Bernanke strongly defends Fed's actions to boost economy (and says don't call it quantitative easing)
Federal Reserve Chairman Ben S. Bernanke on Friday was in Germany -- one of the centers of international opposition to the Fed's latest attempt to boost the U.S. economic recovery -- to offer a strong defense of the actions, arguing that central banks need to continue to be bold in responding to the financial crisis.
"During the crisis, central banks were creative and innovative, developing programs that played a significant role in easing financial stress and supporting economic activity," Bernanke told the Sixth European Central Bank Central Banking Conference in Frankfurt in prepared remarks for one of two addresses. "As the global financial system and national economies become increasingly complex and interdependent, novel policy challenges will continue to require innovative policy responses."
The Fed has been under fire for its plan to pump an additional $600 billion into the economy. Domestic critics have charged it risks increasing inflation, with some Republicans in Congress pushing to remove the Fed's mandate to promote full employment and have it focus solely on keeping inflation and interest rates stable.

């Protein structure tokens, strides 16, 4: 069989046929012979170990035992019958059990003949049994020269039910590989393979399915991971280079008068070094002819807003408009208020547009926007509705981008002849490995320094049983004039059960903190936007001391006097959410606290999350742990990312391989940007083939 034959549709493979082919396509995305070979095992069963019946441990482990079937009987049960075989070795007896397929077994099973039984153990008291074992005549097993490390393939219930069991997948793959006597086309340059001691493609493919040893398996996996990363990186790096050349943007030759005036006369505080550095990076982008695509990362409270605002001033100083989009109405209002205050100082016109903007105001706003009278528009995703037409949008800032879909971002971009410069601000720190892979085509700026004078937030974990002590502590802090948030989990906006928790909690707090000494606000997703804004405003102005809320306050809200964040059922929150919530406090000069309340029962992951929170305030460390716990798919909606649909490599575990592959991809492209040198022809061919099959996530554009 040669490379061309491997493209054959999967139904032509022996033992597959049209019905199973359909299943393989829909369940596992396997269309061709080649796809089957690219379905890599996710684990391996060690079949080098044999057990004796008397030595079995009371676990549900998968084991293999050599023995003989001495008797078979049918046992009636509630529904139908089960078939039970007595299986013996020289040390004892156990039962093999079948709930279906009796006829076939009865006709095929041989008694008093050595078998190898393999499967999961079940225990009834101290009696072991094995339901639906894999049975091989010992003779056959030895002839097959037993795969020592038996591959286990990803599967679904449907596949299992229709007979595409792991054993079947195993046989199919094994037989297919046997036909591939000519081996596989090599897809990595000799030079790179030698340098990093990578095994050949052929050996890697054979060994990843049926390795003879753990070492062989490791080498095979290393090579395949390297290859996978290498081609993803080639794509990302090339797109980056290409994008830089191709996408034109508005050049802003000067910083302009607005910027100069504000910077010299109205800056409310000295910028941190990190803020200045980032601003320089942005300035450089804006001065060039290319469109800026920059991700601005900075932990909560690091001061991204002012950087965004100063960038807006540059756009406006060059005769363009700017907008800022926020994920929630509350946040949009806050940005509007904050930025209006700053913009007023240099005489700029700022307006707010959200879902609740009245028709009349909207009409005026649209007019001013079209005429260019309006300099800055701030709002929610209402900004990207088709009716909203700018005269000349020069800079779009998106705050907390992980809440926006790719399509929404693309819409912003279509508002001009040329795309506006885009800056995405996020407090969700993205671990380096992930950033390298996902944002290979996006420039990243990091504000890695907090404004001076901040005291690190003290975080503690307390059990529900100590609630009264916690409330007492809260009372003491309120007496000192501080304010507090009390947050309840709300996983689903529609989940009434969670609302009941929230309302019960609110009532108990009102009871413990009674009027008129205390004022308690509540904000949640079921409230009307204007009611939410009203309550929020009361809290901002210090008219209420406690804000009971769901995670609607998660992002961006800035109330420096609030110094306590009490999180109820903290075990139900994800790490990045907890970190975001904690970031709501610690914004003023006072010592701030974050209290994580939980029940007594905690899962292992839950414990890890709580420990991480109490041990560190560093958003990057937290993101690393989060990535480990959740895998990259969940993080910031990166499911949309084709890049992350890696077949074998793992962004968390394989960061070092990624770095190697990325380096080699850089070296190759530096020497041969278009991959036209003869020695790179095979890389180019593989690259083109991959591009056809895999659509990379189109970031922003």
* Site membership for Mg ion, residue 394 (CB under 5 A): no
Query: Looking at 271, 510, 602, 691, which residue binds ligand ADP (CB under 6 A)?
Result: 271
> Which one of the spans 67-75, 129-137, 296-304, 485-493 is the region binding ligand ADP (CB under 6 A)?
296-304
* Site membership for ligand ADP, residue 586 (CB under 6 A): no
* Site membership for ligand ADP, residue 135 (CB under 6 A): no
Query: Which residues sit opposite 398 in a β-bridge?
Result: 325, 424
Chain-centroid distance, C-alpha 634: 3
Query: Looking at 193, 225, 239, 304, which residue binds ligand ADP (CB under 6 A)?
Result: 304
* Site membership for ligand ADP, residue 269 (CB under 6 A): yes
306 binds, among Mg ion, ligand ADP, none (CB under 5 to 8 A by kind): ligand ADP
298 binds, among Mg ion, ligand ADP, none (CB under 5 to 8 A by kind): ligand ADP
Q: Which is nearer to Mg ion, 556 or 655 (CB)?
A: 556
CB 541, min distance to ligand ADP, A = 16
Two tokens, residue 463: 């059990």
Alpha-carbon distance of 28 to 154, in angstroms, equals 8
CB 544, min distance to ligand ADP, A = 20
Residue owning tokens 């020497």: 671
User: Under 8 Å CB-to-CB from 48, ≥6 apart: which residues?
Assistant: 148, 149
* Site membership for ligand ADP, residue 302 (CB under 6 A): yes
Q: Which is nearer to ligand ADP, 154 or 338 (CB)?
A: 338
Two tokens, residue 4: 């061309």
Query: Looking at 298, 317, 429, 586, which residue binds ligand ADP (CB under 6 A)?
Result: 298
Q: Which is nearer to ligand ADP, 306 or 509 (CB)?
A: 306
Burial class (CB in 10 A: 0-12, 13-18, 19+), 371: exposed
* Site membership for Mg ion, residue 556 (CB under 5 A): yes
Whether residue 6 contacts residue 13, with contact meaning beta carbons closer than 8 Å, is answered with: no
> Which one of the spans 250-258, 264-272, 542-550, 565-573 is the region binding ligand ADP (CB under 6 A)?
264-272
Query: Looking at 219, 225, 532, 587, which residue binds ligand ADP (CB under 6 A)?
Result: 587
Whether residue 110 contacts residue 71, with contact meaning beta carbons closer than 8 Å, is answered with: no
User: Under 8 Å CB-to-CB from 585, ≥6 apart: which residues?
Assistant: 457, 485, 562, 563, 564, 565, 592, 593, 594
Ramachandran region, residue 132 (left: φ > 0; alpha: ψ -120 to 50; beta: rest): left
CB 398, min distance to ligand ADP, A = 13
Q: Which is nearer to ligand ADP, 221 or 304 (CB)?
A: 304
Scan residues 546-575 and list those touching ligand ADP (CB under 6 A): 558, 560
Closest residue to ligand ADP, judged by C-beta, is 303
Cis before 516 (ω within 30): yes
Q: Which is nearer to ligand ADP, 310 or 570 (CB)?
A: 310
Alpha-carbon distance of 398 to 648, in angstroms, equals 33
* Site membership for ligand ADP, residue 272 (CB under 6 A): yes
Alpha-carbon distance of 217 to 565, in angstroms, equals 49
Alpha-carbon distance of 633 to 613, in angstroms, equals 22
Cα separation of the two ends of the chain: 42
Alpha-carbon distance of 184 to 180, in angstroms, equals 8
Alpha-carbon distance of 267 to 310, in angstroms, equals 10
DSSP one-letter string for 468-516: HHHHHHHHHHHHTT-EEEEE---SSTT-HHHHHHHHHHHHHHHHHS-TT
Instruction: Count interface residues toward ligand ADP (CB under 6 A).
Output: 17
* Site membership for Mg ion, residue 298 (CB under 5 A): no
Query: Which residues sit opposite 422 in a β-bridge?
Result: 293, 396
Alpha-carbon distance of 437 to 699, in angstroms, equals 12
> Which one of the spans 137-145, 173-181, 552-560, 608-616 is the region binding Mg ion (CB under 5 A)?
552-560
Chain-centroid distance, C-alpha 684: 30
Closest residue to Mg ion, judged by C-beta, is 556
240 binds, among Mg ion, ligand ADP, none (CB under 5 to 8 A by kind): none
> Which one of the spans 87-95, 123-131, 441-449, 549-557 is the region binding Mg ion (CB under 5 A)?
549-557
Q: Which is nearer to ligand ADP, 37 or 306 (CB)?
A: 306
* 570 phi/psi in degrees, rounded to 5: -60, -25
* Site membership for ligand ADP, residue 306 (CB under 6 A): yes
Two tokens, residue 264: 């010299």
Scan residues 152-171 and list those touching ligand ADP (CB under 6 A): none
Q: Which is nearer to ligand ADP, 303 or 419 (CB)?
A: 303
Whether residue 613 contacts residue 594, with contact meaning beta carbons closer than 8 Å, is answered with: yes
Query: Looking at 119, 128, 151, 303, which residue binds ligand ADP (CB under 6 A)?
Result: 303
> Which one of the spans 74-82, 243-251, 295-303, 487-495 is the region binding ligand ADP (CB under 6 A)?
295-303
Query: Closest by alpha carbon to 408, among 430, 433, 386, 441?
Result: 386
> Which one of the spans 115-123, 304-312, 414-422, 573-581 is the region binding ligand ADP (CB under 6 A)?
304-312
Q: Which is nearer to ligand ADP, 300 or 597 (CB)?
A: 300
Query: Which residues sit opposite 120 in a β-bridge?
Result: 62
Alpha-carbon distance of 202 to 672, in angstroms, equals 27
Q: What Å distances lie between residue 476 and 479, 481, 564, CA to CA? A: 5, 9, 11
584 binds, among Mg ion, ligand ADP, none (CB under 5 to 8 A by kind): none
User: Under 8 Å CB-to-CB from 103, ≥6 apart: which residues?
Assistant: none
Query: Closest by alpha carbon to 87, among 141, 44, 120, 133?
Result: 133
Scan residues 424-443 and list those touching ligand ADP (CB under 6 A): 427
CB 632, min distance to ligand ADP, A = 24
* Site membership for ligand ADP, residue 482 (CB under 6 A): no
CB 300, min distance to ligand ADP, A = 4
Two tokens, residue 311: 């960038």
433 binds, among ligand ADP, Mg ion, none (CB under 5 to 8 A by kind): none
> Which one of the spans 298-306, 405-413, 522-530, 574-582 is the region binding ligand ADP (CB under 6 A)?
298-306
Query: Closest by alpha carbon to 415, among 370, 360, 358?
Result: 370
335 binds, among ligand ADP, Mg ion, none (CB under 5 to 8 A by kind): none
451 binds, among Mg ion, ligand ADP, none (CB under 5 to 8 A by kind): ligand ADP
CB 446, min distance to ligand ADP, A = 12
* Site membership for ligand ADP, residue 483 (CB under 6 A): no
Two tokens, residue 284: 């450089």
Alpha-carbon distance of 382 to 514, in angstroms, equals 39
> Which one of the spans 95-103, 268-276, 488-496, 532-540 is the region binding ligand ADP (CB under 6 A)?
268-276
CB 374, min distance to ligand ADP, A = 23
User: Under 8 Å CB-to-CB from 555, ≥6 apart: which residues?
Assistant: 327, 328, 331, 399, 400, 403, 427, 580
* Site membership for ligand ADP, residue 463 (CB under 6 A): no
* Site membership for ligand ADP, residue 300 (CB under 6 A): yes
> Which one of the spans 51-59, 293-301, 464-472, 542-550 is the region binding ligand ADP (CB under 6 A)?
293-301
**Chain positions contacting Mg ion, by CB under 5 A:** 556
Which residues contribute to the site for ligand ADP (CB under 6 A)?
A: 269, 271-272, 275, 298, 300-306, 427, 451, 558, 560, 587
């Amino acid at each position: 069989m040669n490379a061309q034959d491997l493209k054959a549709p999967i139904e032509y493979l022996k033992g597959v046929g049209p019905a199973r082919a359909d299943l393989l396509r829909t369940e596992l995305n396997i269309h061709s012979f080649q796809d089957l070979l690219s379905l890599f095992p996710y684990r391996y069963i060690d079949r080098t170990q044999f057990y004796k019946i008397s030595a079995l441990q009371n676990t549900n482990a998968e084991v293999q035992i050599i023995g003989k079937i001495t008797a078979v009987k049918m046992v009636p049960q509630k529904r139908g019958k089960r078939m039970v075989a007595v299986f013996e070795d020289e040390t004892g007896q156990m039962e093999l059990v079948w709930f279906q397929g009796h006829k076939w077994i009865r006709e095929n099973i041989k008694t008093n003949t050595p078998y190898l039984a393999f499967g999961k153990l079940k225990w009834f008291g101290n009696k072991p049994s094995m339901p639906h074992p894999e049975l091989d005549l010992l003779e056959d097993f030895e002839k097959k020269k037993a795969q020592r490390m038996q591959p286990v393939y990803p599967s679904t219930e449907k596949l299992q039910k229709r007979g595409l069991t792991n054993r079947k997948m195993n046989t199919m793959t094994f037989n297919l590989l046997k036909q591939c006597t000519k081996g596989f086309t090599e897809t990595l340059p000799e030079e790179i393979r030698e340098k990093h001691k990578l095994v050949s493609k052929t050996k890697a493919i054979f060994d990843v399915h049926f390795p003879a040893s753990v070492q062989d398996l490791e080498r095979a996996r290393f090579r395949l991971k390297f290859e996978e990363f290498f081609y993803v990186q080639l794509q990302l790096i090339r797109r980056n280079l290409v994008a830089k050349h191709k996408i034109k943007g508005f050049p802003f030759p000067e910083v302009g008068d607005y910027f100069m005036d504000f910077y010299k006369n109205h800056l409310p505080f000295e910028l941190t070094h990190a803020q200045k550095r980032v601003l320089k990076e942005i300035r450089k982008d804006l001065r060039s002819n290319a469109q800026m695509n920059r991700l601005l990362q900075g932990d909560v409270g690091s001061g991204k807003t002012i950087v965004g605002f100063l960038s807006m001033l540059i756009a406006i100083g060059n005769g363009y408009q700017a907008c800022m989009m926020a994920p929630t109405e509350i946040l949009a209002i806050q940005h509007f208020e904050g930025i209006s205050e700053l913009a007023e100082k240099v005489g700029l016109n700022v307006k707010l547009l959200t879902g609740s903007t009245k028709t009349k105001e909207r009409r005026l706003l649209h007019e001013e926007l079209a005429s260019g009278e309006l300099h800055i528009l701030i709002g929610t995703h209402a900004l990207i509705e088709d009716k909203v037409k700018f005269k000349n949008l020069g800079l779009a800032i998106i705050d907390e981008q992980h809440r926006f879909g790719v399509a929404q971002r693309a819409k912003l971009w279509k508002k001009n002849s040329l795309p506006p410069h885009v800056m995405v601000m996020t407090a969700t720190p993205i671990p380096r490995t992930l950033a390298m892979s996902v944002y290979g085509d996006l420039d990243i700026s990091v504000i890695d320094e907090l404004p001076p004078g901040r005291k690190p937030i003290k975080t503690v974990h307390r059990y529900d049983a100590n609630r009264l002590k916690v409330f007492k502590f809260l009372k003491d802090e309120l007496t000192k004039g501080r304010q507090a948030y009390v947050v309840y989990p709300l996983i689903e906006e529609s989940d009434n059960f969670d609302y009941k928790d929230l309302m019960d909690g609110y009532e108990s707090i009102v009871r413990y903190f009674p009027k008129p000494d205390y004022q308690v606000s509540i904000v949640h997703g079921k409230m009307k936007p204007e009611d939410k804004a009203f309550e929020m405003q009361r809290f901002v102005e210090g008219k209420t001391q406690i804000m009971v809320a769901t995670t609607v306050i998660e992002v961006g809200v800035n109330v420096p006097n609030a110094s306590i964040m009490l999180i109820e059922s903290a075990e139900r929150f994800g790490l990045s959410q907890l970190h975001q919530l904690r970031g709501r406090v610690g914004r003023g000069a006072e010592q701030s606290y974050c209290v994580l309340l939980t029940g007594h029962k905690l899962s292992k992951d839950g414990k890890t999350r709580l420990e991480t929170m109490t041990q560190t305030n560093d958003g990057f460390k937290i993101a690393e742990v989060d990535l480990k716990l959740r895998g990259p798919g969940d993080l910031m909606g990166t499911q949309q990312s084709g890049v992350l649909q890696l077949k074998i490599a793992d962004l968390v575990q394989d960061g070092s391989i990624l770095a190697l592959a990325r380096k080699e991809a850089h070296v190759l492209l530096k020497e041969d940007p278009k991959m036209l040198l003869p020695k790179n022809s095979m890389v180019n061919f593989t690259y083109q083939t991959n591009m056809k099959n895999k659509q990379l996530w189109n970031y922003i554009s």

Meanwhile, some foreign governments, including Germany, China and Brazil, have complained it will give the U.S. an economic advantage by driving down the value of the dollar.
But Bernanke said the Fed needed to act because the United States is not recovering from the global recession as fast as some other countries. He described the problem in one of his speeches Friday as a "two-speed global recovery."
"The two-speed nature of the global recovery implies that different policy stances are appropriate for different groups of countries ... advanced economies generally need accommodative policies to sustain economic growth," he said. "In the emerging market economies, by contrast, strong growth and incipient concerns about inflation have led to somewhat tighter policies."
Bernanke criticized China and some other emerging market countries for manipulating their currencies. The criticism came in the context of defending the Fed's latest actions, which has been called "quantitative easing." Bernanke said that description technically was inaccurate.
Quantitative easing aims to change the size of bank reserves, he said. The Fed's purchases of bonds and other securities is designed to boost the economy by affecting their yields.
Whatever it's called, Bernanke said the Fed will regularly monitor the plan and "would adjust the program as needed." But at this point, he said, inflation remains low.
-- Jim Puzzanghera
Photo: Federal Reserve Chairman Ben S. Bernanke addresses a central banking conference in Germany. Credit: Bloomberg